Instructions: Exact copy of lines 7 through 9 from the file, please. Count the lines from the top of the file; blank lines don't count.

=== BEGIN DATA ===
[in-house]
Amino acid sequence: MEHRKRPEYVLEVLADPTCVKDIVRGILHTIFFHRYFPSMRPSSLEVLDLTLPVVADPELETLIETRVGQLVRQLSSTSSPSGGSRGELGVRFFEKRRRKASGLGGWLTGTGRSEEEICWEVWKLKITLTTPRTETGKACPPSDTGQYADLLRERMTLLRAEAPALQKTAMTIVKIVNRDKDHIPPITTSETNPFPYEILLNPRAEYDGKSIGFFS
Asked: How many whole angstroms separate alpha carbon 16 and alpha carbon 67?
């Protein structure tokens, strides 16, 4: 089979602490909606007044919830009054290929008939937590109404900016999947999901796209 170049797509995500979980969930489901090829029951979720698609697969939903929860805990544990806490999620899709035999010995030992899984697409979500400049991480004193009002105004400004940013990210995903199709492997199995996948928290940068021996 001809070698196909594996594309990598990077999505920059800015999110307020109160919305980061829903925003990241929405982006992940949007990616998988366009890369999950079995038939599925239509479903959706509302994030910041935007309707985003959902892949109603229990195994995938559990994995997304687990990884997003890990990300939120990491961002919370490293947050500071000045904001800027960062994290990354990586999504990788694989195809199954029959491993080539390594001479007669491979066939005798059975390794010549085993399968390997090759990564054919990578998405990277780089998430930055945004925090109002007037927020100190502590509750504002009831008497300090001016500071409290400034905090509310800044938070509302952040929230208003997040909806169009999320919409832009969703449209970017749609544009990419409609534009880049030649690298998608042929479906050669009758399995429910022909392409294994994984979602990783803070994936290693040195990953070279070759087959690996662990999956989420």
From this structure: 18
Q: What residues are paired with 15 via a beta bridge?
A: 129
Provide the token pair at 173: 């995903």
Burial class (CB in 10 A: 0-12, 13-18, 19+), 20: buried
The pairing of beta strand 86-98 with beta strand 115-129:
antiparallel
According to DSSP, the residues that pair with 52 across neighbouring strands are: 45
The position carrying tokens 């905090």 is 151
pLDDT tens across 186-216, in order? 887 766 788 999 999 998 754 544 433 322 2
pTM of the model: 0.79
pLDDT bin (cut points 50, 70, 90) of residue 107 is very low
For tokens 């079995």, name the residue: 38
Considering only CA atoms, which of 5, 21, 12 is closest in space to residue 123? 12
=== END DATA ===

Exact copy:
A: 129
Provide the token pair at 173: 């995903």
Burial class (CB in 10 A: 0-12, 13-18, 19+), 20: buried